Be a Child in a Language before You Are an Adult: Music and Movement as Tools for the Communicative Method

By Lisa Li Urbonya

It is one thing to ask a group of primary school children to jump around the room, making pointy ears next to the sides of their heads while singing a silly limerick about a rabbit. But what to make of a room full of adults with advanced degrees and successful professional careers doing the same thing? Active, multi-sensory musical teaching methods are known to be effective in teaching second languages to children but what I have learned is that they are surprisingly even more successful with adults and high school students.

Why is that? I believe there is a deep-seated need for language learners of all ages to spend time immersed in a structured but de-pressurized learning environment that mimics the way young children learn their first language. While it might bit a bit much to build an entire high school curriculum or university classes around a hop, skip and a jump, it is a mistake to underestimate the efficacy of these sometimes farcical, yet deceptively effective methods as a catalyst for beginning to intermediate learners of all ages.

Music, combined with movement, is one of the most powerful tools for learning language and promotes the communicative method in the Chinese language classroom.

In the process of developing a music and movement based curriculum for learning Mandarin as a second language, I discovered that what was originally designed for a K-2 classroom works remarkably well with learners of all ages. Singing to music helps with second language fluency and also singing songs provides repetition which brings confidence in newly acquired learning and joy that goes along with learning through melodies.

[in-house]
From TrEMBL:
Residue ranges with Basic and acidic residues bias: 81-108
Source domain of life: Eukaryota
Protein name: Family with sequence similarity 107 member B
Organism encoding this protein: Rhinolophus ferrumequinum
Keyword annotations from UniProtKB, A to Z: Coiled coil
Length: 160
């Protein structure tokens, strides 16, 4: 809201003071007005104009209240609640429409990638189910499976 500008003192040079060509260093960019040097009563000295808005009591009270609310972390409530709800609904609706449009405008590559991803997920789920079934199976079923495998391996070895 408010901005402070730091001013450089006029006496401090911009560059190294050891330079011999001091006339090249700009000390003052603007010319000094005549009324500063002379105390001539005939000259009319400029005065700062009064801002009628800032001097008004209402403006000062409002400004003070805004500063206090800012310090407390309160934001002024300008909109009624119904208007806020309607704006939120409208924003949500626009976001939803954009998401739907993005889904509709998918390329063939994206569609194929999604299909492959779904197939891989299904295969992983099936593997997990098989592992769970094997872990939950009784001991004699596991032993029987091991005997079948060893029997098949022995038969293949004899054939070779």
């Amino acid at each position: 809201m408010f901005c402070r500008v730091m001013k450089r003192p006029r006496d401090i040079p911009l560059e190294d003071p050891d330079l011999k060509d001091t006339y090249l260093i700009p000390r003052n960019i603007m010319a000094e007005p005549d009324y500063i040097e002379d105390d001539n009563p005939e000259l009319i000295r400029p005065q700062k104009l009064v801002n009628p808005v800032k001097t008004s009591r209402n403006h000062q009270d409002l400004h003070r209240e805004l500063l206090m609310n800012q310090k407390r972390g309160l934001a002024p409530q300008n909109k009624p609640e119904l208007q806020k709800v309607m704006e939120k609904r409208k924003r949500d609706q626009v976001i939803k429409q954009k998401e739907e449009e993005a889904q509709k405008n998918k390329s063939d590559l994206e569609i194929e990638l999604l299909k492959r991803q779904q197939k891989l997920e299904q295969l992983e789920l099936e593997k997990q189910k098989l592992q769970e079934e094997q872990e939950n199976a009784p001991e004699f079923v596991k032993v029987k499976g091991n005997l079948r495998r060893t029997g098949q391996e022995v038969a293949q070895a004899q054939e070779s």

As a former speech/language pathologist, I was constantly observing my children’s adult-to-child, teenager-to-teenager and child-to-child linguistic interactions while they were being raised in China. I had the benefit of vicariously learning language just as a child would because I was with my children while those chatting with them repeated words, exaggerated expressions, manipulated objects during play, tried to feed them, and talked kid talk. I also was with them at the hospital, store, Chinese preschool and elementary school, in the taxi, on the bus, at the market, etc. It was authentic kid language at its purest.

If we consider the current thinking on language development theory, it makes sense that those over 14-years-old at the beginning through intermediate levels should also learn a language (at least half of each formal class) through active methods. It is important to be a child in a language before you are an adult. Haven’t we done that in our native language? Part of this is because we cannot jump into a new language and be our “mature” self. We don’t have the vocabulary, grammar and cultural skills. However, we feel less inhibited if we are given permission to be a child again and we can just let our curiosity run wild. Children usually spontaneously use language without being afraid to make a mistake. For adults, creating this type of atmosphere can be liberating to point of being therapeutic.

Children of all ages want to let their child self come out through play and laughter. Let’s face it - life after childhood is a load of obligations and responsibilities. Everyone needs an opportunity to let go. Learning a second language through active, multi-sensory and musical methods may be traditionally reserved for children. However, I believe it can promote the communicative method in a very effective way.

Lisa Li Urbonya is president of Action Language Learning, a company that promotes the learning of languages, particularly Mandarin, through music and movement. Lisa is also Chinese language director of Middlebury-Monterey Language Academy, Pomona, Calif. site. For more information